NESTED: Building Belonging at the Seattle Design Festival

Brittany Porter photo
By Brittany Porter

Brittany came to the Pacific Northwest eager to participate in Seattle’s booming urban-infill development and progressive building culture. She is passionate about creating places in which people thrive while consuming less. With experience in energy-efficient, urban-infill projects, she is excited to be a member of the Workplace studio.

Brittany is a frequent speaker on sustainable design principles, a certified Passive House consultant, and past Board Member for Passive House Northwest. Brittany is also the Young Architects Regional Director for the AIA Northwest & Pacific Region.

Seattle Design Festival logo

What happens when individuals come together to share an experience of connection and a sense of belonging? That was the motivating idea for our hands-on exhibit, NESTED, for the 2022 Seattle Design Festival. It was a collaboration between Weber Thompson and Facing Homelessness + The BLOCK Project, a Seattle-based non-profit whose mission is to inspire deliberate relationship building and community engagement as a pathway to ending homelessness. Connection was the theme for the festival and inspired our interactive exhibit showcasing the human-centric, community-supported, volunteer-built solution of a BLOCK Home.

What is a BLOCK Home?

Photo of a BLOCK home

Photo of a BLOCK home.

A BLOCK home gives unhoused members of our community a place to call home. Conversely, it provides our communities an opportunity to build connections and address the issue of homelessness together.

The homes are designed to be healthy, and achieve the highest standard for sustainability in the built environment (Living Building Challenge (LBC)). From consideration of the air quality for residents to prioritizing non-carcinogenic manufacturing practices and sourcing wood from sustainable forests these homes give more than they take.

Building Belonging

The NESTED exhibit engaged festival goers who got a chance to tangibly build belonging together. Folks were encouraged to step up to an ‘assembly jig’ to fabricate a wall cladding module for a future BLOCK Home. This activity connected participants to the empowering act of building and to the well-designed, volunteer-powered initiative provided by The BLOCK Project. NESTED also invited folks to reflect on how we are all nested within an ecosystem of connections to other people, the place we live, and the physical world around us.

Photo of Weston Hambleton showing two boys how to use a drill

Photo of exhibit participants using the jig.

Photo of kids looking at the illustrated comic.

Photo of kids looking at the illustrated comic.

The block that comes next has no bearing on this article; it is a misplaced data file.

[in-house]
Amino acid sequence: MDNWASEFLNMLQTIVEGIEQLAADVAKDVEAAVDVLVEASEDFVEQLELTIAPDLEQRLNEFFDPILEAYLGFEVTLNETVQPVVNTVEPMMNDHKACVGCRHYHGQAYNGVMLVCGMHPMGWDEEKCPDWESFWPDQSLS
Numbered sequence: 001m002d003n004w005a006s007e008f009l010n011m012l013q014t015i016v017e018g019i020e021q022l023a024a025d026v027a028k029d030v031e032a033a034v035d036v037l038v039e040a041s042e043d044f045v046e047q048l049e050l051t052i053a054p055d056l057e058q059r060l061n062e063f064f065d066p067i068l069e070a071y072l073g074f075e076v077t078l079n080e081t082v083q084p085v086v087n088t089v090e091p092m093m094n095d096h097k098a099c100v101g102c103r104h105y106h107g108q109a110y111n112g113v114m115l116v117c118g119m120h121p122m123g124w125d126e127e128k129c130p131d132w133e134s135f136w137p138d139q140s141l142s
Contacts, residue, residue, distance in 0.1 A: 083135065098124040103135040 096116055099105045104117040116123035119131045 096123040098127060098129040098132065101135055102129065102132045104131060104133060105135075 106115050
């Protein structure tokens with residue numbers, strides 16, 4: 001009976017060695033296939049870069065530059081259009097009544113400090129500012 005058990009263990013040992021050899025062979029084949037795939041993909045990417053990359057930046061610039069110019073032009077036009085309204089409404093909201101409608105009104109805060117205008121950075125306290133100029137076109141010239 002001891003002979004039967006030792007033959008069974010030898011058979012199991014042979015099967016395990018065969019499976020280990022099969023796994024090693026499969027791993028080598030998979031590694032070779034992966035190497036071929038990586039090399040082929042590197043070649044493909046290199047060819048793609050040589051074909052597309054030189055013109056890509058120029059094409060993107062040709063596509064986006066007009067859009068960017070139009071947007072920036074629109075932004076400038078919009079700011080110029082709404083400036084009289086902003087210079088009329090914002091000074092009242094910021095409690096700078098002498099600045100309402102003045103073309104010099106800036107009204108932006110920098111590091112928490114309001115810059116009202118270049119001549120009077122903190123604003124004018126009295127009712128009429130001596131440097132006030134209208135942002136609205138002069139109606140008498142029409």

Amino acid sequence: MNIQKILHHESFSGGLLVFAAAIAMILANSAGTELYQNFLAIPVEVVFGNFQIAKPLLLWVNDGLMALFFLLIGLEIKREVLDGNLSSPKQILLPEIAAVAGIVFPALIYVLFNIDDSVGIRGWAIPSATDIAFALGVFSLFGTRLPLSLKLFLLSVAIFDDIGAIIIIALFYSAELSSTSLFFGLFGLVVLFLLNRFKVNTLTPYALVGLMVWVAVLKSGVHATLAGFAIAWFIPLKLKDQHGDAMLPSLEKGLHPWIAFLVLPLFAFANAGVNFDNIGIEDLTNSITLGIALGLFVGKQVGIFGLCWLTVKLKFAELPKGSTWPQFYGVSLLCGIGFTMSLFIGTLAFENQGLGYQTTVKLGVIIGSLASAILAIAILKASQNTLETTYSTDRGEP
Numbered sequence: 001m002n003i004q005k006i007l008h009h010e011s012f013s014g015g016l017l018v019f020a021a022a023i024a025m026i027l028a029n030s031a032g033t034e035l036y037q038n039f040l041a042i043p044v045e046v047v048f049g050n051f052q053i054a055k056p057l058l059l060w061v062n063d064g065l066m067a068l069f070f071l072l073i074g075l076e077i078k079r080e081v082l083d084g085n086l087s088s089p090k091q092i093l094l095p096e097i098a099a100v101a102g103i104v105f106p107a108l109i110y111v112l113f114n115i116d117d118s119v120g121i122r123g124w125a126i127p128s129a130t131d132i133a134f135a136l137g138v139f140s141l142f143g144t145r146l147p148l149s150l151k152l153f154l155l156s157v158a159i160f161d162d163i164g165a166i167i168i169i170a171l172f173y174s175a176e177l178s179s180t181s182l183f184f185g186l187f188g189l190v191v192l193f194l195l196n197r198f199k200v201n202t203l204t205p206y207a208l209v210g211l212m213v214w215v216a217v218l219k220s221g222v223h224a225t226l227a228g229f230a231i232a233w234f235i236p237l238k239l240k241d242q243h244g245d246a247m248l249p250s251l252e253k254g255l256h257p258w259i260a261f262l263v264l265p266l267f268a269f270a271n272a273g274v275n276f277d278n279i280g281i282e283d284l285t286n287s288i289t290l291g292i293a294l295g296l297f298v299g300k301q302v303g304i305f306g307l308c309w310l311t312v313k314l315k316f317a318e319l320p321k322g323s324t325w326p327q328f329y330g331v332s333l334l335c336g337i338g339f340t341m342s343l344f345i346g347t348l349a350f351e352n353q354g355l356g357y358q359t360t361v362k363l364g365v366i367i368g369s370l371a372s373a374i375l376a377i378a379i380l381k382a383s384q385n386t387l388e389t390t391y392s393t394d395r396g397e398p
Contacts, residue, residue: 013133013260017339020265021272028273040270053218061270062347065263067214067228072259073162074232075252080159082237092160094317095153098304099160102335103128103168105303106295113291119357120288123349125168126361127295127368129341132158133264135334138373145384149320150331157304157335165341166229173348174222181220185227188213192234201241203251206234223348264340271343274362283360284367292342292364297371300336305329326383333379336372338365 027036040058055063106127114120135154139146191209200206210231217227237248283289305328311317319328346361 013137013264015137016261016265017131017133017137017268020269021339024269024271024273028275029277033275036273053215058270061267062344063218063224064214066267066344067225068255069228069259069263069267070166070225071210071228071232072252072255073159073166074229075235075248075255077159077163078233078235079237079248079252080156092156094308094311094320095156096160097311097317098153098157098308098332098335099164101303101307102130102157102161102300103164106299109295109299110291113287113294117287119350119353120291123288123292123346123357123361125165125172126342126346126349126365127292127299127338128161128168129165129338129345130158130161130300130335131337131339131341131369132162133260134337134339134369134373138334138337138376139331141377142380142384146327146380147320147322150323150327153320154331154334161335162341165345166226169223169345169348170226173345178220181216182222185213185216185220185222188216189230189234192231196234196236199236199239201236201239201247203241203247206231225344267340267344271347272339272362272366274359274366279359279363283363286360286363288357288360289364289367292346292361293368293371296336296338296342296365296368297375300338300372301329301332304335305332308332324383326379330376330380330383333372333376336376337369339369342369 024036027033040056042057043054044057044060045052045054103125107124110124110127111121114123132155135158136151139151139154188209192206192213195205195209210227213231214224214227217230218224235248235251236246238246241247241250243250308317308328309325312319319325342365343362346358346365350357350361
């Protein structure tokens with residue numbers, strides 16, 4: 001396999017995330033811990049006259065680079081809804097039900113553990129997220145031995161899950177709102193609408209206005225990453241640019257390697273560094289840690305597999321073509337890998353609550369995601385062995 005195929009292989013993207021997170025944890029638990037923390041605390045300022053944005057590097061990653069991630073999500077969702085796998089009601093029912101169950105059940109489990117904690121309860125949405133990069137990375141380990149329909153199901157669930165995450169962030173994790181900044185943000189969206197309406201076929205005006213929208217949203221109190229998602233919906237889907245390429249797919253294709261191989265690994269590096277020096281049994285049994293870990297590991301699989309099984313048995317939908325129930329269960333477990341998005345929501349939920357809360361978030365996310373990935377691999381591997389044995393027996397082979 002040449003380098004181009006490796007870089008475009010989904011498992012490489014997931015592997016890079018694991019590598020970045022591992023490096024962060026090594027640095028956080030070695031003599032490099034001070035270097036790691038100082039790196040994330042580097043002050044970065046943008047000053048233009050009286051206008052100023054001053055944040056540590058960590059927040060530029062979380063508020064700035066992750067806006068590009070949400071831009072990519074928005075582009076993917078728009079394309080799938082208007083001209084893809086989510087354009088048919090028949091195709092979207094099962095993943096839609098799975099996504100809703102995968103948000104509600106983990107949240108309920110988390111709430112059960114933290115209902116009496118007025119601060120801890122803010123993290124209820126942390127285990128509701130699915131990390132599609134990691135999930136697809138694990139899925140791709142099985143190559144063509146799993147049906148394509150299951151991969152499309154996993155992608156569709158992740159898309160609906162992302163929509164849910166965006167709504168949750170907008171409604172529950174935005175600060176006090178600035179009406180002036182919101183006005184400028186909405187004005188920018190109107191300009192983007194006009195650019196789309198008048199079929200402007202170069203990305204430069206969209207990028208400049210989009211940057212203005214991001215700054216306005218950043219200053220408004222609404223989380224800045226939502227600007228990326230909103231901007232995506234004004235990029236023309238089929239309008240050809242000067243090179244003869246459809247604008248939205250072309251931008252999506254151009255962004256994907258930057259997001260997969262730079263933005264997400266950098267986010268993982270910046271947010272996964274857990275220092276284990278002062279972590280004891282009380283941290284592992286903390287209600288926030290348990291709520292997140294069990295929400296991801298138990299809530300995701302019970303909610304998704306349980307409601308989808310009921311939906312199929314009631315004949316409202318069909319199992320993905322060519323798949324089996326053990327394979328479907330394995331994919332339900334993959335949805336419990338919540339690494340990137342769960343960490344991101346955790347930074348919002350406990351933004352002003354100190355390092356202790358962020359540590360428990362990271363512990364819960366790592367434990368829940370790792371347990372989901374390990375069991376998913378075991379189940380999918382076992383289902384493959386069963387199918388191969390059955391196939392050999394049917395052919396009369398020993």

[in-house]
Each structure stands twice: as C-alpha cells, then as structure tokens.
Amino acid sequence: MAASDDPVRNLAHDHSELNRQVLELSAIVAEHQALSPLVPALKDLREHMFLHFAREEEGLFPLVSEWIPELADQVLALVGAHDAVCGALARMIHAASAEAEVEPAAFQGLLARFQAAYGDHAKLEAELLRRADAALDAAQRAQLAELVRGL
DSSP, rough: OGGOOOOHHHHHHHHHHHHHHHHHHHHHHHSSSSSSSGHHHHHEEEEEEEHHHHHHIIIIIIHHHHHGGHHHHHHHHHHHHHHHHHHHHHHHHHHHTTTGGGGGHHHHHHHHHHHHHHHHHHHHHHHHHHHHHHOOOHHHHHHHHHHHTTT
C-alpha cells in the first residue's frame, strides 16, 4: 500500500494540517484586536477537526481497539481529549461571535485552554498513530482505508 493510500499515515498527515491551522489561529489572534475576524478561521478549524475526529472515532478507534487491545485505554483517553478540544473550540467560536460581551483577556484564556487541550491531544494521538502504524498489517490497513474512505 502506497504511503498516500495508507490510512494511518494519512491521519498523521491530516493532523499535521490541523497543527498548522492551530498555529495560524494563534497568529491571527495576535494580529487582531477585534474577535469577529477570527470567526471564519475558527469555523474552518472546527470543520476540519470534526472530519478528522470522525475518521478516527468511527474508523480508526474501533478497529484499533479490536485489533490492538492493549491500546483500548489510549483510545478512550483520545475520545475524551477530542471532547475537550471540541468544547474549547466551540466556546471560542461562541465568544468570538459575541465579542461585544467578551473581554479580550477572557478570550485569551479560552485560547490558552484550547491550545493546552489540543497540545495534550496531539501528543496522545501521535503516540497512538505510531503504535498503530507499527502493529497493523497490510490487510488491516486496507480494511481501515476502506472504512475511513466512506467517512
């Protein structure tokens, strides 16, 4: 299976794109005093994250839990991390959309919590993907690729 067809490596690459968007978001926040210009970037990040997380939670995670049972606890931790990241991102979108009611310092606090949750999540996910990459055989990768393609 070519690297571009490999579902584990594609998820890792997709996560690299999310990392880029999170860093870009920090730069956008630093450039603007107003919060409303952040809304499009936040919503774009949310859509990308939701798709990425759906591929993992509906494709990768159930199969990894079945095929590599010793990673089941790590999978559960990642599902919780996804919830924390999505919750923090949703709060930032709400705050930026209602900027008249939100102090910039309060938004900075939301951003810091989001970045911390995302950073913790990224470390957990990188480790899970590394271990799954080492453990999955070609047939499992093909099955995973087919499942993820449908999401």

In addition to participating in the build, accessible activities were available to explore. These included, BLOCK Home building materials like havelock wool insulation and juniper wood cladding to educational infographics. For the younger crowd, a comic strip titled ‘A Home for Chickadee’ shared a visual narrative of rebuilding and community. The story’s heartfelt illustrations draw empathetic parallels to how anyone could fall to the misfortune of a storm and need the support of their neighbors. Coloring sheets from the comic are still available for download here.

Building Solutions

An estimated forty thousand people in Seattle experience homelessness. The NESTED educational infographics explain how The BLOCK Project is one of many essential solutions to this crisis. It is a unique solution, with a focus on building on underutilized land in single-family zoned lots. This zoning makes up over 75% of Seattle’s land area resulting in a lack of diverse housing types and homogeneous, exclusionary neighborhoods. When more than three-quarters of a city’s land is restricted to single family homes, it doesn’t allow for increased density, driving up prices and limiting homeownership, especially with a rapidly growing city population.

Confronting this complex reality enables those of us with the privilege of housing stability to understand and explore how our efforts can make a difference. How a sense of belonging can encourage us to pick up that power drill and assemble a wall panel that will someday welcome someone home.

Throughout the weekend, it was inspiring to facilitate an opportunity for both the experienced and curious tool user to tangibly provide a future home for a neighbor in need.

The BLOCK Project logoGet Involved

Learn about the ways you can support The BLOCK Project and build connection in our community. Special thanks to Facing Homelessness + The BLOCK Project for a truly impactful collaboration.

Photo of Brittany Porter screwing into a panel

Photo of Brittany Porter drilling a rainscreen panel.

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